Only an “actual practice” of making improper deductions will lead to the loss of exemption. Factors to be considered:
the number of improper deductions, particularly in relation to the number of occurrences of the event which led to the deduction;
the span of time during which deductions were made;
the number and location of affected employees;
the number and location of responsible managers; and
whether the employer has a “clearly communicated policy” permitting or prohibiting improper deductions
An actual practice of deductions will result in the loss of “salary basis” and, therefore, the exempt status, of salaried exempt employees in the same job classification as the affected employees and working for the same responsible manager(s) for the workweek(s) of the improper deductions
Primary duty must be management of an enterprise or a customarily recognized department or subdivision of the enterprise;
The employee must customarily and regularly direct the work of at least two or more other full-time employees or their equivalent; and
The employee must have the authority to hire or fire other employees, or suggestions and recommendations from the employee about the hiring, firing, promotion or other status changes of subordinate employees must be given particular weight
The application of systems analysis techniques and procedures, including consulting with users, to determine hardware, software or system functional specifications;
The design, development, documentation, analysis, creation, testing or modification of computer systems or programs, including prototypes, based on and related to user or system design specifications;
The design, documentation, testing, creation or modification of computer programs related to machine operating systems; or
A combination of the aforementioned duties, the performance of which requires the same level of skills
Will The Final Rule Survive Political And Legal Challenges?
On September 9, 2004 the House of Representatives approved a DOL funding bill that included an amendment limiting funds for the enforcement of the new overtime rules.
22 Republicans backed a Democratic amendment that would prevent funding of much of the DOL’s enforcement of the changes to the FLSA’s white collar exemptions.
Will The Final Rule Survive Political And Legal Challenges? (continued )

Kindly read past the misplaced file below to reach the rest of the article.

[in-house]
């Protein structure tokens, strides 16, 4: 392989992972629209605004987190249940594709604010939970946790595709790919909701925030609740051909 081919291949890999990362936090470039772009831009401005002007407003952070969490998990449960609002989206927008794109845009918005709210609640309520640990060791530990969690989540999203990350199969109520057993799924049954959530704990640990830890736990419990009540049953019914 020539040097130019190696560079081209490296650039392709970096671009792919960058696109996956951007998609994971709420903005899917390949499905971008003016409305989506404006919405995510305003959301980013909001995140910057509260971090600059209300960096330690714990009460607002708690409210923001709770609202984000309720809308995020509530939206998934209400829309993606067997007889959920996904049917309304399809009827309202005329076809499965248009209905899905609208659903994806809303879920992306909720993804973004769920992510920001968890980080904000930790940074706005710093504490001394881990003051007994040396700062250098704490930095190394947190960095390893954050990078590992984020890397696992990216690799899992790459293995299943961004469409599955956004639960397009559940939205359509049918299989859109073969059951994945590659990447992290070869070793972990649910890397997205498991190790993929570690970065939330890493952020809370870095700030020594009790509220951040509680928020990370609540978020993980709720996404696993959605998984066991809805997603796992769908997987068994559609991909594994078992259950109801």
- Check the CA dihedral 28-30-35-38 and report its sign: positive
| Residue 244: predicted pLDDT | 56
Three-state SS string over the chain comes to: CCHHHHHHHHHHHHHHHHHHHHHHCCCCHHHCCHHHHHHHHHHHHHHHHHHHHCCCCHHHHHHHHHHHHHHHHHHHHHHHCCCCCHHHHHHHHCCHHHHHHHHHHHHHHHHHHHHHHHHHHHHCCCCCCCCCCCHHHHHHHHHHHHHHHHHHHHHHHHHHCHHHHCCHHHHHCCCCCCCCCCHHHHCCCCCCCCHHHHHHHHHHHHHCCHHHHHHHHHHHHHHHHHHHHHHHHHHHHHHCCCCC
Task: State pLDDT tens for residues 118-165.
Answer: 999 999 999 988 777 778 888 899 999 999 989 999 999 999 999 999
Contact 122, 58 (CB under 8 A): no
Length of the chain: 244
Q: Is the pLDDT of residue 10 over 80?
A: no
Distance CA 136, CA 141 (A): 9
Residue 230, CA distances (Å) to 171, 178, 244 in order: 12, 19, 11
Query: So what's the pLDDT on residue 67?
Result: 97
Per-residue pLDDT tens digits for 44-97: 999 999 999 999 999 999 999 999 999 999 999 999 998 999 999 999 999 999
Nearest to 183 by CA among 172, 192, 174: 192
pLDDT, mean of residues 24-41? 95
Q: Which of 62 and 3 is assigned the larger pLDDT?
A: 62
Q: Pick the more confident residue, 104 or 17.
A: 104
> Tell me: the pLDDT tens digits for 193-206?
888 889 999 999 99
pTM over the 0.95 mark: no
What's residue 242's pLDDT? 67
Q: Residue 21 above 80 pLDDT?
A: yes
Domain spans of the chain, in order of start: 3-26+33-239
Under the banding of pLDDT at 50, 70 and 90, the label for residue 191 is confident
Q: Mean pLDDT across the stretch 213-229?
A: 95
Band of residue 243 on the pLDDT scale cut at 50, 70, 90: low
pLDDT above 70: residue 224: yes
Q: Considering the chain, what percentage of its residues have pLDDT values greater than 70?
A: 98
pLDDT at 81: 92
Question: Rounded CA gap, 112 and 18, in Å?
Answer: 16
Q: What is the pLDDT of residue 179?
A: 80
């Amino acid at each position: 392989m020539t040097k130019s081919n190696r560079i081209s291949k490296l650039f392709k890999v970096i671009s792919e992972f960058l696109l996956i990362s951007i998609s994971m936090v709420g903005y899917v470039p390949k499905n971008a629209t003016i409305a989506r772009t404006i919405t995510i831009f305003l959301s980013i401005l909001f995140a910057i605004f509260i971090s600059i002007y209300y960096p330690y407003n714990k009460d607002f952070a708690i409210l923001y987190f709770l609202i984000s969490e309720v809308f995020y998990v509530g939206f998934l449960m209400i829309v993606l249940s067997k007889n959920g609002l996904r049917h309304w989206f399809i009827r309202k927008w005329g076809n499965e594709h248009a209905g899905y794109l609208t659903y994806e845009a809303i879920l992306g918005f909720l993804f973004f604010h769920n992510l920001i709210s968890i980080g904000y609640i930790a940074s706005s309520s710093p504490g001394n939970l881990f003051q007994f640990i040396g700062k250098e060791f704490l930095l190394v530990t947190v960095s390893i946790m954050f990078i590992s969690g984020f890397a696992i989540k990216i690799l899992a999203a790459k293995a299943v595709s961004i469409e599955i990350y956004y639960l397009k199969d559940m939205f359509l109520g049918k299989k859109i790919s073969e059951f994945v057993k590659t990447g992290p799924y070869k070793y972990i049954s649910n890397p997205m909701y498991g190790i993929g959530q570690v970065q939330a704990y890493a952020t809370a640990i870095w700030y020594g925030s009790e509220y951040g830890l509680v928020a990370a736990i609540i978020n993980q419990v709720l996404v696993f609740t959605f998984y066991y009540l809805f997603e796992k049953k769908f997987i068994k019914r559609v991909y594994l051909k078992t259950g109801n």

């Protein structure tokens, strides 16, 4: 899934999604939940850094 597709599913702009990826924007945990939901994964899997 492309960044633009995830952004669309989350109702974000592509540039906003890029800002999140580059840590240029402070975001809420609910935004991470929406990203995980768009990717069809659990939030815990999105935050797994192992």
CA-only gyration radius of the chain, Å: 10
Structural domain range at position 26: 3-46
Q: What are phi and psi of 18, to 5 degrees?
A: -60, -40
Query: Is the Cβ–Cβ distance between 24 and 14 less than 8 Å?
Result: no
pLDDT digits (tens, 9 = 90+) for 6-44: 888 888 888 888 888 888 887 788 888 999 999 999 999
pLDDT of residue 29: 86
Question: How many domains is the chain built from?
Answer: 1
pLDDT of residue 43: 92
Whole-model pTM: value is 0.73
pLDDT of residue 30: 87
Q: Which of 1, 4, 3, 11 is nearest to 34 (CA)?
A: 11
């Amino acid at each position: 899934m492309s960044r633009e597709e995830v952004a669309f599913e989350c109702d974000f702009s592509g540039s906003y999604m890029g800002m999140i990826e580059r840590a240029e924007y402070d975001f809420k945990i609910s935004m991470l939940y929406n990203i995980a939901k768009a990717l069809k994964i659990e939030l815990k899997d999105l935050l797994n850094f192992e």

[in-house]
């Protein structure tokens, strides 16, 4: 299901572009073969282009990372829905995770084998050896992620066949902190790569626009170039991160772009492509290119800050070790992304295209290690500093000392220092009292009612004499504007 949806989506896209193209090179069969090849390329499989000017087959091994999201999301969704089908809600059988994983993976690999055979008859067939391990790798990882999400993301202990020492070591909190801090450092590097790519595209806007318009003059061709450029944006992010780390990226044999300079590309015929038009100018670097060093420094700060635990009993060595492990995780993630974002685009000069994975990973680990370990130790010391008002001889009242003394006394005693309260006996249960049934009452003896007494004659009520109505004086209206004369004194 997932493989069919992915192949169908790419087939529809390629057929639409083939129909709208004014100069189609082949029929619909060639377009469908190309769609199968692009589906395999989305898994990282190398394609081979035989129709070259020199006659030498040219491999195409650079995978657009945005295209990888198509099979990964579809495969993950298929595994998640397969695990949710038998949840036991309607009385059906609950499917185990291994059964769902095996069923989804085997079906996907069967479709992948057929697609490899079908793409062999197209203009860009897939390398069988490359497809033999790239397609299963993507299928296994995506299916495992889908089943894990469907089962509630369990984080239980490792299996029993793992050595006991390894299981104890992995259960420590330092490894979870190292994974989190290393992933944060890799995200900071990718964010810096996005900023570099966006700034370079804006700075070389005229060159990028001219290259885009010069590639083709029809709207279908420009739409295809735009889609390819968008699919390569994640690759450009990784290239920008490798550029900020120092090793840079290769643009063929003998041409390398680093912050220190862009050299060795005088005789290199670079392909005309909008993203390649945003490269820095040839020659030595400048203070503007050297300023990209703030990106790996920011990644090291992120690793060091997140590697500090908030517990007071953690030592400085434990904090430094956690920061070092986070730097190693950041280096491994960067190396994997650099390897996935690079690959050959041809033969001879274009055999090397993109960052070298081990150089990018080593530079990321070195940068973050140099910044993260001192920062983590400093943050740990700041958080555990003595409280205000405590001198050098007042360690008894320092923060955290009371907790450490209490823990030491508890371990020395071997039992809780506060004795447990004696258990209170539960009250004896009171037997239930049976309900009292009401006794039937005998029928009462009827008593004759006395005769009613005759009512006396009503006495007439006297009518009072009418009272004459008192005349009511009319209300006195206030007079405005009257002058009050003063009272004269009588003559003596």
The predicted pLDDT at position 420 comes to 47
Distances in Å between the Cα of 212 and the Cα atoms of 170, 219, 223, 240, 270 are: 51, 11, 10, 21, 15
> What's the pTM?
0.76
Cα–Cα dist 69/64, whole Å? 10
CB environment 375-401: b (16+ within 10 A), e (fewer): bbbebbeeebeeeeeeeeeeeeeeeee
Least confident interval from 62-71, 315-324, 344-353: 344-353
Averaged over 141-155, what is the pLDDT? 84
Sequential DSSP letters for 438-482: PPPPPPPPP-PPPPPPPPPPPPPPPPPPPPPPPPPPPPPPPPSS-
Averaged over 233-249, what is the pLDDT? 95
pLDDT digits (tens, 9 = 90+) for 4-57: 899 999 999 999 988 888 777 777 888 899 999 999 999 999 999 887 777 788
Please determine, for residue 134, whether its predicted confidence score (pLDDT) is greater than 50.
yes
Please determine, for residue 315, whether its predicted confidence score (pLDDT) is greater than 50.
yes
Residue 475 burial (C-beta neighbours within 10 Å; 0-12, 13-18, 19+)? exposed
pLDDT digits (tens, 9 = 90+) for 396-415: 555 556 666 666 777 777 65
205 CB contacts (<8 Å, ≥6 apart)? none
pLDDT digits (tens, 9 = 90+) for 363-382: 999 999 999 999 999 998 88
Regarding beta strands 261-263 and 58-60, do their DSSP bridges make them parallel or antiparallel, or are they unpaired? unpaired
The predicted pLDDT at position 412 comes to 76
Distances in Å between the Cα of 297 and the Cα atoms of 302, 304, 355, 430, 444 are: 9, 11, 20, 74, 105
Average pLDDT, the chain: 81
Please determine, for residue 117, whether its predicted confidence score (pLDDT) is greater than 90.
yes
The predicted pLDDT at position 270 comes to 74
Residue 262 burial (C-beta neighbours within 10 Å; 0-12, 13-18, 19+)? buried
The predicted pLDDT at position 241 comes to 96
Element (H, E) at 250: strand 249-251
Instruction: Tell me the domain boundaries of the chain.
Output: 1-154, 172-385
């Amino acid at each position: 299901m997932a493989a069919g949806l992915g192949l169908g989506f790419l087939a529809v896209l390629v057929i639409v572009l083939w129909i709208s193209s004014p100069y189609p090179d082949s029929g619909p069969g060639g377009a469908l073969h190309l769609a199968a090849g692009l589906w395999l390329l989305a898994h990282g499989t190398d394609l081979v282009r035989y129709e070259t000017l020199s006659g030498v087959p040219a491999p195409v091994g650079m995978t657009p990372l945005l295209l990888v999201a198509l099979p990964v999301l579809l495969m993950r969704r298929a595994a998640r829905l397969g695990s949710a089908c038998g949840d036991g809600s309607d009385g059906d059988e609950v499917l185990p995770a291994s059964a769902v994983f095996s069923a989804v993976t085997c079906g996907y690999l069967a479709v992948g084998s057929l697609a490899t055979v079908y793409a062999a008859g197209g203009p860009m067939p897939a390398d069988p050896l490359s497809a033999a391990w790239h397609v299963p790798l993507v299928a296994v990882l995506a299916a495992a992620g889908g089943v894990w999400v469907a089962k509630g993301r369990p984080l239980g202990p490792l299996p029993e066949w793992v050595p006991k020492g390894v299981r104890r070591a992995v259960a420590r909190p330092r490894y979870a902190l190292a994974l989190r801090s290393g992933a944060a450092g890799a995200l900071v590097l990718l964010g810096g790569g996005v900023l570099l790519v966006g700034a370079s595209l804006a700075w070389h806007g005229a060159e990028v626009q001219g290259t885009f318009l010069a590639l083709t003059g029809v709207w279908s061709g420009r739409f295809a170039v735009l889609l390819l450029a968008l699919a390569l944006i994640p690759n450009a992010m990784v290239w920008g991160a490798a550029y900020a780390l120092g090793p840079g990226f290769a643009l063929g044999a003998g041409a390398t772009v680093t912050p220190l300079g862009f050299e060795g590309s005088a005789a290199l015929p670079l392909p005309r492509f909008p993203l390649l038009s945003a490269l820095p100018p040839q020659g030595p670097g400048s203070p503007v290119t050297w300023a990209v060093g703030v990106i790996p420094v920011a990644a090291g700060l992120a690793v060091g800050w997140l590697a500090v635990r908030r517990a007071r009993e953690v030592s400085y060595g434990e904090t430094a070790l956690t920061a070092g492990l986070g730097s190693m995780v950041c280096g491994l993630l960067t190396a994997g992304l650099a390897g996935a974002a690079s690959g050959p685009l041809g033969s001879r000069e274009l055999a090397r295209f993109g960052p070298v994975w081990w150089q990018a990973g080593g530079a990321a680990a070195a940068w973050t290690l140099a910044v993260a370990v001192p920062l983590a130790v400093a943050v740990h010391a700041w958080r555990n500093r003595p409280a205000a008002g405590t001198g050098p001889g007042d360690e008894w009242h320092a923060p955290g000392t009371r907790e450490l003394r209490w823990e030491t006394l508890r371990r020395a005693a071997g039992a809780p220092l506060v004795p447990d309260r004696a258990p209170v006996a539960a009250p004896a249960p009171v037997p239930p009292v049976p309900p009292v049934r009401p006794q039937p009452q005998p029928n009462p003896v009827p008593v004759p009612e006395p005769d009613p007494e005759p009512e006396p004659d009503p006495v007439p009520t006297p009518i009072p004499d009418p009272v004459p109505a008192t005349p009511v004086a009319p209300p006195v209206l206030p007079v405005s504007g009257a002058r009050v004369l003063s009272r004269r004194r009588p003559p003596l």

How will this Proposed Amendment affect the enforcement of the new regulations?
A Congressional Research Service memoranda released on September 10, 2004, states that the DOL would be obligated to reinstate the old white-collar exemptions to the FLSA should the amendment become law.
Memoranda primarily relied on Associated Builders & Contractors, Inc. v. Herman , 976 F. Supp. 1 (D.D.C. 1997) to argue that the DOL could use a “good cause” exception to the usual notice and comment period to reinstate the old regulations without relying on traditional administrative procedures.
Will The Final Rule Survive Political And Legal Challenges? (continued)
In response to the memoranda, the DOL’s position is that (1) the amendment only restricts the use of funds to “implement and administer” the rule, so the DOL would not be able to bring enforcement actions or investigate complaints and (2) the language of the new regulations could still be relied on by the courts.
Identify all currently exempt employees who earn less than $455 per week Either reclassify them as nonexempt or raise their salary to at least $455 per week
Clearly communicate a policy prohibiting improper deductions from the predetermined compensation of exempt, salaried employees. Include a complaint mechanism for employees
Review new regulations and existing pay docking policies and practices to identify and complete necessary revisions in policies and practices
Review any written existing disciplinary policies concerning workplace conduct for possible revision to permit full-day suspensions of all employees for violations of workplace conduct rules. Any such policies must be in writing and published to employees at the time of or before implementation